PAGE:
Theme: The Abundance of General Revelation
In this week’s lessons we see what the doctrine of general revelation teaches us about the one true God.
Scripture: Psalm 19:1-6
2. It is abundant. The second important characteristic of the general revelation is that it is abundant. In the words of the psalm, “It pours forth speech” (v. 2). This is stronger in the Hebrew text than it appears to be in English, for the image is literally of a gushing spring that copiously pours forth the sweet refreshing waters of revelation.
This is true in two ways, though I am not certain in what sense David meant the statement. First, every individual part of nature testifies to its Creator, so that whatever part you happen to be looking at, it will pour forth knowledge. If you look at the stars, they testify to a God of great power who made them. If you study the human body, you will find that it testifies to an all-wise Creator. The petals of a flower, a snowflake, the intricacies of the atom, the nature of light, physical laws like gravitational attraction, the second law of thermodynamics or relativity—all testify abundantly to a divine mind behind them. Moreover, this is quite plain. We should almost say self-evident. This witness lies on the surface. It does not require extensive technical investigation. As Paul says in the corresponding passage in Romans 1, “what may be known about God is plain to them, because God made it plain to them. For since the creation of the world God’s invisible qualities—his eternal power and divine nature—have been clearly seen, being understood from what has been made, so that men are without excuse” (vv. 19, 20).
However, there is a second way in which the heavens pour forth abundant revelation, and that is, whenever we do investigate them by scientific or other means, we find the testimony of nature even stronger than we at first surmised. In other words, the existence of a Creator is not a facile but erroneous judgment naively made by the uneducated, a judgment quickly disproved as soon as one looks into the evidence carefully. On the contrary, the more one looks, the more the heavens gush forth knowledge.
This has been true of the investigations of the heavens in our century by the greatest scientific minds the human race has yet produced. Until well into this century the prevailing scientific cosmology was what is called the “steady state” theory, which holds that the universe had no beginning and is eternal. It satisfied scientists, because it allowed them to focus not on when the universe actually began, but to investigate the various causes for why it exists. Everything has a cause and every cause can be investigated. That view has been entirely overthrown, and the inescapable conviction of today’s scientific community is that the universe did have a beginning about twenty billion years ago. The new view thinks of the origin of the universe as a gigantic fireball explosion known popularly as the “big bang.”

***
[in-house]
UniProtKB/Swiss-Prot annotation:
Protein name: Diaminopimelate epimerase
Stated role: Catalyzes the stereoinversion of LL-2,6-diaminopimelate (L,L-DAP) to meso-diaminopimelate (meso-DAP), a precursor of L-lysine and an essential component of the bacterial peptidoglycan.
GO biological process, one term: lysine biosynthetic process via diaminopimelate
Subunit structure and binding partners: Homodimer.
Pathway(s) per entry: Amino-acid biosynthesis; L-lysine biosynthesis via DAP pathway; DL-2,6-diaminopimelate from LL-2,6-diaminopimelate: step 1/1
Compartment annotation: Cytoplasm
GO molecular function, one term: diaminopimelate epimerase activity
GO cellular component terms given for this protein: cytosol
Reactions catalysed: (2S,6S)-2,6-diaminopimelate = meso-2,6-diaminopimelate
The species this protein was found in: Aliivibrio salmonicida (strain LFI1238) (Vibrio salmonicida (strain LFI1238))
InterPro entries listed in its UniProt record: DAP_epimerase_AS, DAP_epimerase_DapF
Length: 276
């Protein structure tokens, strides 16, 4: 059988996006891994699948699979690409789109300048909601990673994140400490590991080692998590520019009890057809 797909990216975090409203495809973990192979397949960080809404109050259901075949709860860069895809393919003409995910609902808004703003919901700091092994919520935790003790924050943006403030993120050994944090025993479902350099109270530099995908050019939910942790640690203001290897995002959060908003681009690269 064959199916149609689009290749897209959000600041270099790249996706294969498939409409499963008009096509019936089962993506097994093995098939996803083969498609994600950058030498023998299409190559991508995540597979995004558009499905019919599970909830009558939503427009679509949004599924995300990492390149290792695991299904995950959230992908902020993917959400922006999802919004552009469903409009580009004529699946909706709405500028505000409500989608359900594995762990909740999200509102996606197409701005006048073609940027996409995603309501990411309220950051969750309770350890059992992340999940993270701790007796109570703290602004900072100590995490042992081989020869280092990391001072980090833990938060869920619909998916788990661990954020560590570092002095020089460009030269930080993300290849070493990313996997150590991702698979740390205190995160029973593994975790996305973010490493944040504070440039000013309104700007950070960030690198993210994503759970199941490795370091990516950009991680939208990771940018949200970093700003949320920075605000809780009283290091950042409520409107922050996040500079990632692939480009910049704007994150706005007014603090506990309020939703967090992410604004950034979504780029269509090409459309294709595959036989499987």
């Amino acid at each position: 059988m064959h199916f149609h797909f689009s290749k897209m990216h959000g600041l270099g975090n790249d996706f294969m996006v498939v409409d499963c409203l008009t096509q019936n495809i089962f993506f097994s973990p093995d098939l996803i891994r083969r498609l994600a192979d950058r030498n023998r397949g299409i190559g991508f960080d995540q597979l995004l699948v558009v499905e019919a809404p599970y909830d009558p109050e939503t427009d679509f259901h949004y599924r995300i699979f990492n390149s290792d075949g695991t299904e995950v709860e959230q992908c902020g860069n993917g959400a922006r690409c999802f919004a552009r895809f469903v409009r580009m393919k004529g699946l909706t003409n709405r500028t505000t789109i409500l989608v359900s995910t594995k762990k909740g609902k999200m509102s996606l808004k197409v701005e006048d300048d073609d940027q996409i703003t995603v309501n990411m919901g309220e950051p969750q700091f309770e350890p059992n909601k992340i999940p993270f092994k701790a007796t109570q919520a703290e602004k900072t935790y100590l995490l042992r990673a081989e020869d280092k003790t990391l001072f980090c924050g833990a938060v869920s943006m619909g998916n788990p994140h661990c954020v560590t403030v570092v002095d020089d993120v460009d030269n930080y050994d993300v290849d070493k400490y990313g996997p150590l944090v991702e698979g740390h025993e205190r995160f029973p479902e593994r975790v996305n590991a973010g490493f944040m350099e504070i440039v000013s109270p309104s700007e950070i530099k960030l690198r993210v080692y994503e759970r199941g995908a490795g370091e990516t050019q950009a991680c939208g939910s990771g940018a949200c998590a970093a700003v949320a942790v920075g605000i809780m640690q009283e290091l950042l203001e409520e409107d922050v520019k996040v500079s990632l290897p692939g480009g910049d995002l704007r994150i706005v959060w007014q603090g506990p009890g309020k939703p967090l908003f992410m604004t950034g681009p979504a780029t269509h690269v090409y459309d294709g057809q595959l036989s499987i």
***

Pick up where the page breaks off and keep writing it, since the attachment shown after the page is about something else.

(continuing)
The story of this Copernican revolution in cosmology is interesting. It began in 1913 with astronomer Vesto Melvin Slipher’s discovery that about a dozen galaxies relatively close to the earth were moving away from us at high speeds, up to two million miles per hour. During the next decade a younger astronomer named Edwin Hubble carried Slipher’s observation further, measuring the velocities of scores of galaxies and formulating the laws for an expanding universe. Hubble discovered that the further away a galaxy is, the faster it is moving. By measuring the speed of these retreating galaxies and plotting them against their distance from us, Hubble was able to pinpoint a moment in the past when all the matter of the universe must have been together, in other words, the moment of creation. In 1965 Arno Penzias and Robert Wilson, two scientists at the Bell Laboratories, discovered the leftover radiation or echo of that “big bang.” Many scientists did not like this discovery because it pointed to God and to a moment of creation beyond which they could not and would never be able to penetrate.
Study Questions:

From vv. 2-3, what is the second characteristic of general revelation that is taught? In what two ways is this true?
What is the difference between the “steady state” and “big bang” theories? In earlier decades, why was the “steady state” theory preferred by scientists over that of the “big bang”?

Application: Pray for those you know who are deceived about how the universe came into existence, whether they believe that the universe always was or that everything is owed to a mere explosion. Look for opportunities to talk to them about the biblical doctrine of creation and how it testifies to the existence and power of the Lord.

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